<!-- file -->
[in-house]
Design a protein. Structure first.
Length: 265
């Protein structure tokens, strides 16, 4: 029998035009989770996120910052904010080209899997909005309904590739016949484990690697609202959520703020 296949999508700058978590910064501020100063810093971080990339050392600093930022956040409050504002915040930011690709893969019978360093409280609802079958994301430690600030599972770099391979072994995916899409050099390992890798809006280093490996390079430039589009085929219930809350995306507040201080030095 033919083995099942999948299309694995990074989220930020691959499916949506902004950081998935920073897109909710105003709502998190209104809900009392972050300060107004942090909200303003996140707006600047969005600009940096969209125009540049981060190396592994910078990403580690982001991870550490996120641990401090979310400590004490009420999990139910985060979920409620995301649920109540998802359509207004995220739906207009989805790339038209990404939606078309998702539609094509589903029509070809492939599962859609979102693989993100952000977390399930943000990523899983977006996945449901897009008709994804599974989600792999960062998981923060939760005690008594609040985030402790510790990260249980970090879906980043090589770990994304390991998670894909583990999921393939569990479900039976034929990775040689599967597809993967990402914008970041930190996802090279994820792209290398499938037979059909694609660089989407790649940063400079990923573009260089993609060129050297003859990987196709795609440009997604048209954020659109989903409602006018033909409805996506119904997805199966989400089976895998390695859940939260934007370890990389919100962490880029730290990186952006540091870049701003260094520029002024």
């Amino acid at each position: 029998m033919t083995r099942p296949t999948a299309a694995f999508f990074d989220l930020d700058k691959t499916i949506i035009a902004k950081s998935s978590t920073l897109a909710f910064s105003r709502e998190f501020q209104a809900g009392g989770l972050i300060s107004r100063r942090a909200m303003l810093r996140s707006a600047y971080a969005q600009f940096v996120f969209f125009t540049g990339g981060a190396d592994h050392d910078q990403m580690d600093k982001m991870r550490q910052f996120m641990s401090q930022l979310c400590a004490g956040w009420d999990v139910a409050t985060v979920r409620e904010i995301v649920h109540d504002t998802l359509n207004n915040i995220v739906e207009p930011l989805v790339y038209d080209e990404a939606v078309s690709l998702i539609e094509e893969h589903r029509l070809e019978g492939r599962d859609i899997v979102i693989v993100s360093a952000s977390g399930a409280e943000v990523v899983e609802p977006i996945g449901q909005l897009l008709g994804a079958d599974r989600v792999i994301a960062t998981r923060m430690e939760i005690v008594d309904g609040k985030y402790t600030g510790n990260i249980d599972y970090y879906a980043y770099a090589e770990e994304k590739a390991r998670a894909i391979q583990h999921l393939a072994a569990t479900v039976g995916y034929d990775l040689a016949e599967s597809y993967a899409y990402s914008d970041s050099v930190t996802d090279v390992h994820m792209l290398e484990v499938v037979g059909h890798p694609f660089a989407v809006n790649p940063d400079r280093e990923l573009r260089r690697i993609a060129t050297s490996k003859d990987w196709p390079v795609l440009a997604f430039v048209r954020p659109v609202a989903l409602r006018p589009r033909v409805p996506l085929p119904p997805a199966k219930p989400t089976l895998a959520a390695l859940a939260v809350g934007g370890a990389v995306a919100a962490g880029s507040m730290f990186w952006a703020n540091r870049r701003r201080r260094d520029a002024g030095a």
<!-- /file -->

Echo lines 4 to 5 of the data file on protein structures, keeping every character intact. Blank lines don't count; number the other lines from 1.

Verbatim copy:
């Protein structure tokens, strides 16, 4: 029998035009989770996120910052904010080209899997909005309904590739016949484990690697609202959520703020 296949999508700058978590910064501020100063810093971080990339050392600093930022956040409050504002915040930011690709893969019978360093409280609802079958994301430690600030599972770099391979072994995916899409050099390992890798809006280093490996390079430039589009085929219930809350995306507040201080030095 033919083995099942999948299309694995990074989220930020691959499916949506902004950081998935920073897109909710105003709502998190209104809900009392972050300060107004942090909200303003996140707006600047969005600009940096969209125009540049981060190396592994910078990403580690982001991870550490996120641990401090979310400590004490009420999990139910985060979920409620995301649920109540998802359509207004995220739906207009989805790339038209990404939606078309998702539609094509589903029509070809492939599962859609979102693989993100952000977390399930943000990523899983977006996945449901897009008709994804599974989600792999960062998981923060939760005690008594609040985030402790510790990260249980970090879906980043090589770990994304390991998670894909583990999921393939569990479900039976034929990775040689599967597809993967990402914008970041930190996802090279994820792209290398499938037979059909694609660089989407790649940063400079990923573009260089993609060129050297003859990987196709795609440009997604048209954020659109989903409602006018033909409805996506119904997805199966989400089976895998390695859940939260934007370890990389919100962490880029730290990186952006540091870049701003260094520029002024």
């Amino acid at each position: 029998m033919t083995r099942p296949t999948a299309a694995f999508f990074d989220l930020d700058k691959t499916i949506i035009a902004k950081s998935s978590t920073l897109a909710f910064s105003r709502e998190f501020q209104a809900g009392g989770l972050i300060s107004r100063r942090a909200m303003l810093r996140s707006a600047y971080a969005q600009f940096v996120f969209f125009t540049g990339g981060a190396d592994h050392d910078q990403m580690d600093k982001m991870r550490q910052f996120m641990s401090q930022l979310c400590a004490g956040w009420d999990v139910a409050t985060v979920r409620e904010i995301v649920h109540d504002t998802l359509n207004n915040i995220v739906e207009p930011l989805v790339y038209d080209e990404a939606v078309s690709l998702i539609e094509e893969h589903r029509l070809e019978g492939r599962d859609i899997v979102i693989v993100s360093a952000s977390g399930a409280e943000v990523v899983e609802p977006i996945g449901q909005l897009l008709g994804a079958d599974r989600v792999i994301a960062t998981r923060m430690e939760i005690v008594d309904g609040k985030y402790t600030g510790n990260i249980d599972y970090y879906a980043y770099a090589e770990e994304k590739a390991r998670a894909i391979q583990h999921l393939a072994a569990t479900v039976g995916y034929d990775l040689a016949e599967s597809y993967a899409y990402s914008d970041s050099v930190t996802d090279v390992h994820m792209l290398e484990v499938v037979g059909h890798p694609f660089a989407v809006n790649p940063d400079r280093e990923l573009r260089r690697i993609a060129t050297s490996k003859d990987w196709p390079v795609l440009a997604f430039v048209r954020p659109v609202a989903l409602r006018p589009r033909v409805p996506l085929p119904p997805a199966k219930p989400t089976l895998a959520a390695l859940a939260v809350g934007g370890a990389v995306a919100a962490g880029s507040m730290f990186w952006a703020n540091r870049r701003r201080r260094d520029a002024g030095a």